Graphing calculators can sometimes be used to solve motion problems that involve two or more objects. Enough information needs to be provided enabling one to express the objects' distance (displacement) as a function of time (t). These equations are then graphed and displayed using a graphing calculator. It is then easy to determine elapsed time, distance (or displacement), and also speed (or velocity) at a certain point.

Example: Car one is at rest at an intersection. At the instant that a truck traveling in the same direction at a constant rate of 12 m/s passes the car, it begins to accelerate at a uniform rate of 2.8 m/s^{2}. How long does it take for the car to overtake the truck? How far has it gone at this point? What is its speed at this point?

For the purposes of the problem, the car and the truck start at the same point. Both travel the same distance, d, in the same amount of time, t(hint; the interpretation of "overtake.").

Mathematically, the distance of an object as a function of time can be expressed as:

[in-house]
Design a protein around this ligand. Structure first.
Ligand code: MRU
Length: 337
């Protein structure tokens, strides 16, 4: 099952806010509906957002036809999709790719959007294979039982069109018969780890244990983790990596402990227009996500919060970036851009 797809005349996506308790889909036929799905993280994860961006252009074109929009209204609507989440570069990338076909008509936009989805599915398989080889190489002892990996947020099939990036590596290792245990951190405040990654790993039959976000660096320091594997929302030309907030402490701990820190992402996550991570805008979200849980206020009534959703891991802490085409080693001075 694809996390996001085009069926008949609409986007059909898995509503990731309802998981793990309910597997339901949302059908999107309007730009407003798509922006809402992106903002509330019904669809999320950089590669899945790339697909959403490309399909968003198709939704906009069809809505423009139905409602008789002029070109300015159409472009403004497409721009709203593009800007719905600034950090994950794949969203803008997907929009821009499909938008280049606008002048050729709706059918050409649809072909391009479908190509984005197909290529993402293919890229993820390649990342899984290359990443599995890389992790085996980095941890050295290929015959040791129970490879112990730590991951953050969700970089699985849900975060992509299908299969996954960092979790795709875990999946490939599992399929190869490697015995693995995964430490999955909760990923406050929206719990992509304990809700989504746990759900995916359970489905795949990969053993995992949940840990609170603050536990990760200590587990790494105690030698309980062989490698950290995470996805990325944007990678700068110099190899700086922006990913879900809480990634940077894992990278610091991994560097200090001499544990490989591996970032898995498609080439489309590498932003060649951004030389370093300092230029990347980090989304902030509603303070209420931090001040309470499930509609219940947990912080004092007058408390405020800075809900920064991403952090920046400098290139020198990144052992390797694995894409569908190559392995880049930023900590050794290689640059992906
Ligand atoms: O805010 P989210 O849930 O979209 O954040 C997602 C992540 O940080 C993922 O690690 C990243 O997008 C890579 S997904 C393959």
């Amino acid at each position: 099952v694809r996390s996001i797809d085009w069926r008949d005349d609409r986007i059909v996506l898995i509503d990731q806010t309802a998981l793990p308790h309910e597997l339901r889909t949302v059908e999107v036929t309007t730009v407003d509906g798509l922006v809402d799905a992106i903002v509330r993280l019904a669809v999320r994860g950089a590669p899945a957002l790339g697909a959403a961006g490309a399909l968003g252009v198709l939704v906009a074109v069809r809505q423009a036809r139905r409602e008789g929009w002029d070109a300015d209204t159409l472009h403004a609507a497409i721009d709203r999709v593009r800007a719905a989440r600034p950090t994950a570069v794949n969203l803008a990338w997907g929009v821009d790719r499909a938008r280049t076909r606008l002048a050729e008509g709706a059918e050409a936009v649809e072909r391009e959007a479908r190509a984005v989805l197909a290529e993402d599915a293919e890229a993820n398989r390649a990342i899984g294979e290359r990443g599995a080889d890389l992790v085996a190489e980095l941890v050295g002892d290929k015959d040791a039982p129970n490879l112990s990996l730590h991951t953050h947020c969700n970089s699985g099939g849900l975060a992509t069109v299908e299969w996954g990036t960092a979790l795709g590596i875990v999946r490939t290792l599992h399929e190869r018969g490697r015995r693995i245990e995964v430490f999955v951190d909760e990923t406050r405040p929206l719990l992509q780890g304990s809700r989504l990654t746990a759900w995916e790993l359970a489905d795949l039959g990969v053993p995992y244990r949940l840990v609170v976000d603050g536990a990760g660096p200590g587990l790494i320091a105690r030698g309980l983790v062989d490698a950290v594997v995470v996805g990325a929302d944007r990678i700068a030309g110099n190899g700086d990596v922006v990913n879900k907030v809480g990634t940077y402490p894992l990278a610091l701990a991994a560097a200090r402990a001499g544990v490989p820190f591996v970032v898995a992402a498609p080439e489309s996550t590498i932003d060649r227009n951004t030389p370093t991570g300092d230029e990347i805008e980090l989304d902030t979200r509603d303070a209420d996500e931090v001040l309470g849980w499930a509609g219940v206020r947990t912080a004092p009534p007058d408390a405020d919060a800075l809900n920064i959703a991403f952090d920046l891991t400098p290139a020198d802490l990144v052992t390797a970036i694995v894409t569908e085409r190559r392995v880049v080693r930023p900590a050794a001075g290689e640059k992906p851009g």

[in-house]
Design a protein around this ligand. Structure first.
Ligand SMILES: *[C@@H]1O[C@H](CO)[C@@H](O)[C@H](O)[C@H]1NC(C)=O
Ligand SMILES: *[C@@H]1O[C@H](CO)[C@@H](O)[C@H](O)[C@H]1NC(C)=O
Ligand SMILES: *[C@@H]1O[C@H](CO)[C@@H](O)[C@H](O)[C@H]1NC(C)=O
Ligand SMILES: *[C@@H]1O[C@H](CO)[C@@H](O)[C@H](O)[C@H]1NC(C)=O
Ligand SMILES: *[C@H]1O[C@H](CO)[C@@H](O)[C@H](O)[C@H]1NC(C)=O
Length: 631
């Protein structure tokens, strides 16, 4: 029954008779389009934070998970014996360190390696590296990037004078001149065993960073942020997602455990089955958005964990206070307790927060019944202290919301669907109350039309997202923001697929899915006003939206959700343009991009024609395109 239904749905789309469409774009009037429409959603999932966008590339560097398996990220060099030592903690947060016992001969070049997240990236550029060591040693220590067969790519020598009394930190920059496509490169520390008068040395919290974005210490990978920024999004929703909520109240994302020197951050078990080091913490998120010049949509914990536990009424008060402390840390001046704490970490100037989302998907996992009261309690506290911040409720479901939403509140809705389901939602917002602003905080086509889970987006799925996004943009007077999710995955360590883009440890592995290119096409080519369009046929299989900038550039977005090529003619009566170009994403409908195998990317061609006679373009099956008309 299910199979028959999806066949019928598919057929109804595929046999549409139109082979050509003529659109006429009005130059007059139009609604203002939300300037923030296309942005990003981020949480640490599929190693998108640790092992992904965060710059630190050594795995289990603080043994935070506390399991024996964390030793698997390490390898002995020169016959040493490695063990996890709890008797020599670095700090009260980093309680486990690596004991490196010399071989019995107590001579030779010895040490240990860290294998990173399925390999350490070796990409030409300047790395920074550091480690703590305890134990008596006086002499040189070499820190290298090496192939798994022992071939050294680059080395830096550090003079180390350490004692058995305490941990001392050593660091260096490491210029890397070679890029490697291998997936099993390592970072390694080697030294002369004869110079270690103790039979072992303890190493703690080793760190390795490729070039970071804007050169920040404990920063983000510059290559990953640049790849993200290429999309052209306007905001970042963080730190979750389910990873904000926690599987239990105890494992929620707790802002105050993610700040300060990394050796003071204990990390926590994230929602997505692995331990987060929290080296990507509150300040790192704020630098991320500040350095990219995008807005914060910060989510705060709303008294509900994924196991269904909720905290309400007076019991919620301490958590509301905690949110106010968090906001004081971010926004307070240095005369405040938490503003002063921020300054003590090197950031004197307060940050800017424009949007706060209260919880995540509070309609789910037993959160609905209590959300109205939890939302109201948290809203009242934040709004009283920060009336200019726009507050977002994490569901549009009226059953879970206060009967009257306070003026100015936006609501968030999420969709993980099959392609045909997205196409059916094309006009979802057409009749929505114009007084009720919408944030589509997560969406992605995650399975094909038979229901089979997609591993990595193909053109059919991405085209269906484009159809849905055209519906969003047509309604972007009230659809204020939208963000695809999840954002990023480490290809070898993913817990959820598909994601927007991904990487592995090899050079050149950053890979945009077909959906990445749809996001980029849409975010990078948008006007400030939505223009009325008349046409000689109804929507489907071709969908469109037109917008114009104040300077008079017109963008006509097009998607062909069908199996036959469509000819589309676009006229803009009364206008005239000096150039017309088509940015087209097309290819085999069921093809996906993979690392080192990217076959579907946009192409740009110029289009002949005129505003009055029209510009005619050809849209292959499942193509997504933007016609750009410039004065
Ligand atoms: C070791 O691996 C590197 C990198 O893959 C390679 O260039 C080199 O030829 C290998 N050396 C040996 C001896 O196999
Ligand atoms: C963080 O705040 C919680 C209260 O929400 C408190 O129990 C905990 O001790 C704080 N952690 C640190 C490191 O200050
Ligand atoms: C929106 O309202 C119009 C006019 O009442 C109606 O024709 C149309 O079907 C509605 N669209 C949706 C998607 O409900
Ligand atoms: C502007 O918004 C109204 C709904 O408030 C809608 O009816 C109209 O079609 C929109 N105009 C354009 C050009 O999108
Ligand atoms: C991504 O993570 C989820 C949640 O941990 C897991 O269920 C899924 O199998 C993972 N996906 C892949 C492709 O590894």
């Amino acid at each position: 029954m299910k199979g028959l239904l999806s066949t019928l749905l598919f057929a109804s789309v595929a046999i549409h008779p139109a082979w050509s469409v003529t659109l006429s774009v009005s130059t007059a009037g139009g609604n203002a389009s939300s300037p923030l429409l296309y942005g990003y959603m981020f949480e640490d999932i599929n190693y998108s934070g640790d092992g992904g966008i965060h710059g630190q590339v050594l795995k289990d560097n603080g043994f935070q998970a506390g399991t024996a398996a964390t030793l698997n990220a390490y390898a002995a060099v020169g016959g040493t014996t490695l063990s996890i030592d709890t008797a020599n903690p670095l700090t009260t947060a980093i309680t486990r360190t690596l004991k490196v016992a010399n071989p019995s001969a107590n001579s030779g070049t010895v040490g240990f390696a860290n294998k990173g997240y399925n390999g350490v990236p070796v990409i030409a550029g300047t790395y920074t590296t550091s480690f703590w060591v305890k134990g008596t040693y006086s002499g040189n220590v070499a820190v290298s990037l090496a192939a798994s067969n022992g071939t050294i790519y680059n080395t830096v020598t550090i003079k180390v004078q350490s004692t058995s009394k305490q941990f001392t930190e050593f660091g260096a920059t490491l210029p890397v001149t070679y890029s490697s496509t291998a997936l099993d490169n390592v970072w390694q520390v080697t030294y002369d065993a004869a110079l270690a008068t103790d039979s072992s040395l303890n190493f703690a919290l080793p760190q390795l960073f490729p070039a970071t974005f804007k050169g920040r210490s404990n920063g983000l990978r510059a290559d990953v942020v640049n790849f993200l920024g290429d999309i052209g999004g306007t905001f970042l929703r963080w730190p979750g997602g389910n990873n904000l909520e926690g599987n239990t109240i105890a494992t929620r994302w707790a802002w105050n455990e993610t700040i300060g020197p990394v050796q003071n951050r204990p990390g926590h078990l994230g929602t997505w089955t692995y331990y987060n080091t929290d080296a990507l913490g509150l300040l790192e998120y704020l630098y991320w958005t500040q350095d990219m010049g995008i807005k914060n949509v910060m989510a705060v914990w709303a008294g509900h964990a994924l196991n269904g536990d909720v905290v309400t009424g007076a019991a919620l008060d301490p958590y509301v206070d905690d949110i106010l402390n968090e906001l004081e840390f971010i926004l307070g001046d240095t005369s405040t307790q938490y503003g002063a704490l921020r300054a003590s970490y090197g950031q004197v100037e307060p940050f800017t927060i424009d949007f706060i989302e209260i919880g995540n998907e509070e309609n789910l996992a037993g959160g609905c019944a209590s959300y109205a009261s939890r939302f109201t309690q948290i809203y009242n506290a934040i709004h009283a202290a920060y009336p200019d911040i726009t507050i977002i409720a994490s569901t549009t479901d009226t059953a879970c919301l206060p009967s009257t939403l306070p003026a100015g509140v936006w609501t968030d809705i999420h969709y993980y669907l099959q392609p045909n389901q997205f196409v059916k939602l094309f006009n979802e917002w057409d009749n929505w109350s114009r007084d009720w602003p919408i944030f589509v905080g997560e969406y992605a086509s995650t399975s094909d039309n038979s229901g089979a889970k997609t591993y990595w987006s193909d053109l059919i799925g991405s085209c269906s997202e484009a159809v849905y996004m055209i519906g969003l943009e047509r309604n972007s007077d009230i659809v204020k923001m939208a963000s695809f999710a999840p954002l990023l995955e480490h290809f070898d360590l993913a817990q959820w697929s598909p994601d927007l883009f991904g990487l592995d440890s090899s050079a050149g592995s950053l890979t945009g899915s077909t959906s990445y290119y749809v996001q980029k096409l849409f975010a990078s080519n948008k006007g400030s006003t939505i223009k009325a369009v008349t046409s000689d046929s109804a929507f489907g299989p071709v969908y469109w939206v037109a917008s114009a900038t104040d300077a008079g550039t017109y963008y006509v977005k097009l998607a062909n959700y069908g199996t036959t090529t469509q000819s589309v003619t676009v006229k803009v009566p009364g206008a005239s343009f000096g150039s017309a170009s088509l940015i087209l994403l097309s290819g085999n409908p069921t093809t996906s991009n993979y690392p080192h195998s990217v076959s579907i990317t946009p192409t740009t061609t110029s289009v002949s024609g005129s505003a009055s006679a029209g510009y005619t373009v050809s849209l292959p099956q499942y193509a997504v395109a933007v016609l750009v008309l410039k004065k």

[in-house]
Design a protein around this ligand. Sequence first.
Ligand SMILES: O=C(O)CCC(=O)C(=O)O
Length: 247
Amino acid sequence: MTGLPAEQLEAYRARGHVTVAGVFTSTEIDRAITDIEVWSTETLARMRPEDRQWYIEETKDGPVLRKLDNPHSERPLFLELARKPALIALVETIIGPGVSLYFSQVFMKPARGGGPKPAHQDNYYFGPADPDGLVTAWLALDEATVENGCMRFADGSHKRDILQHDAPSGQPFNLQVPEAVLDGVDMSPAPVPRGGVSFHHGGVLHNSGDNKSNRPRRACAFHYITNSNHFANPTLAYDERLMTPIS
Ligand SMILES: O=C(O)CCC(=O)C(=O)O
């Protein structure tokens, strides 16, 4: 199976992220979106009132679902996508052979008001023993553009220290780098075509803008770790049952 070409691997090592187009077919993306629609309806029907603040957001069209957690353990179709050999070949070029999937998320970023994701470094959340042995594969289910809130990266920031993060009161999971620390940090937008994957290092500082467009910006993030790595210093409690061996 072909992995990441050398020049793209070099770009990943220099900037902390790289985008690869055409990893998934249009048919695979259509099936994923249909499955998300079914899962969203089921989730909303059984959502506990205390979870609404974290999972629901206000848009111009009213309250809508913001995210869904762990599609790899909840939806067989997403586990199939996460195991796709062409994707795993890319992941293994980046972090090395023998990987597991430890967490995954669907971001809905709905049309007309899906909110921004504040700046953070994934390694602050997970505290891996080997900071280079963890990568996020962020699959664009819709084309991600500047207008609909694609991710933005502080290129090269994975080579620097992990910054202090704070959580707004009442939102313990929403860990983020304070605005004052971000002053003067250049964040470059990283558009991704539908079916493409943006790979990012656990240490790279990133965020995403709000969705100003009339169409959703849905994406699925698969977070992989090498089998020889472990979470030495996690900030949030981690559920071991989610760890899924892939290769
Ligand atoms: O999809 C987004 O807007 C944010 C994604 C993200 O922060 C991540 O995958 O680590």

What do we know about the car?

Write an equation of motion for the car:

What do we know about the truck?

Write an equation of motion for the truck:

These equations of motion can now be entered into the graphing calculator and displayed. Your *x* axis represents time and your *y* axis represents distance.

On the TI-83, you will be using the five "graphing keys" just below the display. Select *y=* and enter y_{1}=1.4x^{2} and y_{2}=12x. Select *GRAPH*. To get your two graphs to fit the display screen, select *WINDOW*. Appropriate settings for this example are x_{min}=0, x_{max}=10, x_{scl}=1, y_{min}=0, y_{max}=150, and y_{scl}=5.

To answer the questions "How long does it take for the car to overtake the truck?" and "How far has it gone at this point?" you need to determine the intersection of your two plots. On the TI-83, select *2nd, CALC*. Choose *5: intersect* (remember, both objects are in the same place at the same time in this problem). The calculator will ask you about the *first curve, the second curve*, and a *guess*. Hit *ENTER* for each. It will then calcualte the intersection. The *x* value represents the time to overtake and the

To answer the question "What is its speed at this point?," select *2nd, CALC*. Choose *6: dy/dx*. Your cursor should be at the intersection point (or the point where you want to determine the speed) on the curve representing the motion of the accelerating object. Hit *ENTER, ENTER*. The value displayed at the bottom is the object's speed.